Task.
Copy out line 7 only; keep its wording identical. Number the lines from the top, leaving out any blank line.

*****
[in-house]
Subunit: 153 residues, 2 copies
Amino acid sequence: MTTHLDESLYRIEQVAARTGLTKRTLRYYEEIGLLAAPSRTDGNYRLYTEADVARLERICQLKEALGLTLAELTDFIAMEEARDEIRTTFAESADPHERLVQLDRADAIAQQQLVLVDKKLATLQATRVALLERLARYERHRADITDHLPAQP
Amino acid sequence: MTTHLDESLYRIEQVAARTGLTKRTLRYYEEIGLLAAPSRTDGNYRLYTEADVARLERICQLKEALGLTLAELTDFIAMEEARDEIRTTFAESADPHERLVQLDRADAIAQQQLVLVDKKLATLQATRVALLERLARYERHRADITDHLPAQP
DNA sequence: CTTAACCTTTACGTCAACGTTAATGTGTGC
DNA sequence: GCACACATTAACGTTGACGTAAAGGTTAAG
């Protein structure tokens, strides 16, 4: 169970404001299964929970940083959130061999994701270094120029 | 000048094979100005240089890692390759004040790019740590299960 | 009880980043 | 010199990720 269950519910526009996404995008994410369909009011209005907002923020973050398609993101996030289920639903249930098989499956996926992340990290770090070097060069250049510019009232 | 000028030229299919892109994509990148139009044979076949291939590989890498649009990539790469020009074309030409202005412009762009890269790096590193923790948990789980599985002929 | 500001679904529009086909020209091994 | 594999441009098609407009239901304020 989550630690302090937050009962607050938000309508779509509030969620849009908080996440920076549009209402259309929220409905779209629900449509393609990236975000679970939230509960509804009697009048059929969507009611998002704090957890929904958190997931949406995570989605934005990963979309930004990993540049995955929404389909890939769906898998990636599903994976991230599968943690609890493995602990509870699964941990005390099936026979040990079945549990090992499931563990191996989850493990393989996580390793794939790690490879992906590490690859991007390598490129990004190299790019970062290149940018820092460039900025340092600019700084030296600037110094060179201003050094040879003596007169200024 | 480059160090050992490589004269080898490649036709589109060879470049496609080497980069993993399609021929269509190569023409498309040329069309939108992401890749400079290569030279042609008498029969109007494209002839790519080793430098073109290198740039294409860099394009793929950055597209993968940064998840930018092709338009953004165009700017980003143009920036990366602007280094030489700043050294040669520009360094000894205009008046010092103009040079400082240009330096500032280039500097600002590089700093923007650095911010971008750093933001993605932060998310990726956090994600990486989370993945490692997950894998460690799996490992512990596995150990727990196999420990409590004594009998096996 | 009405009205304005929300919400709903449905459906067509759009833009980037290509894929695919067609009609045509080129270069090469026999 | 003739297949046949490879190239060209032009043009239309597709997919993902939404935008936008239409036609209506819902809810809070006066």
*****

């Protein structure tokens, strides 16, 4: 169970404001299964929970940083959130061999994701270094120029 | 000048094979100005240089890692390759004040790019740590299960 | 009880980043 | 010199990720 269950519910526009996404995008994410369909009011209005907002923020973050398609993101996030289920639903249930098989499956996926992340990290770090070097060069250049510019009232 | 000028030229299919892109994509990148139009044979076949291939590989890498649009990539790469020009074309030409202005412009762009890269790096590193923790948990789980599985002929 | 500001679904529009086909020209091994 | 594999441009098609407009239901304020 989550630690302090937050009962607050938000309508779509509030969620849009908080996440920076549009209402259309929220409905779209629900449509393609990236975000679970939230509960509804009697009048059929969507009611998002704090957890929904958190997931949406995570989605934005990963979309930004990993540049995955929404389909890939769906898998990636599903994976991230599968943690609890493995602990509870699964941990005390099936026979040990079945549990090992499931563990191996989850493990393989996580390793794939790690490879992906590490690859991007390598490129990004190299790019970062290149940018820092460039900025340092600019700084030296600037110094060179201003050094040879003596007169200024 | 480059160090050992490589004269080898490649036709589109060879470049496609080497980069993993399609021929269509190569023409498309040329069309939108992401890749400079290569030279042609008498029969109007494209002839790519080793430098073109290198740039294409860099394009793929950055597209993968940064998840930018092709338009953004165009700017980003143009920036990366602007280094030489700043050294040669520009360094000894205009008046010092103009040079400082240009330096500032280039500097600002590089700093923007650095911010971008750093933001993605932060998310990726956090994600990486989370993945490692997950894998460690799996490992512990596995150990727990196999420990409590004594009998096996 | 009405009205304005929300919400709903449905459906067509759009833009980037290509894929695919067609009609045509080129270069090469026999 | 003739297949046949490879190239060209032009043009239309597709997919993902939404935008936008239409036609209506819902809810809070006066």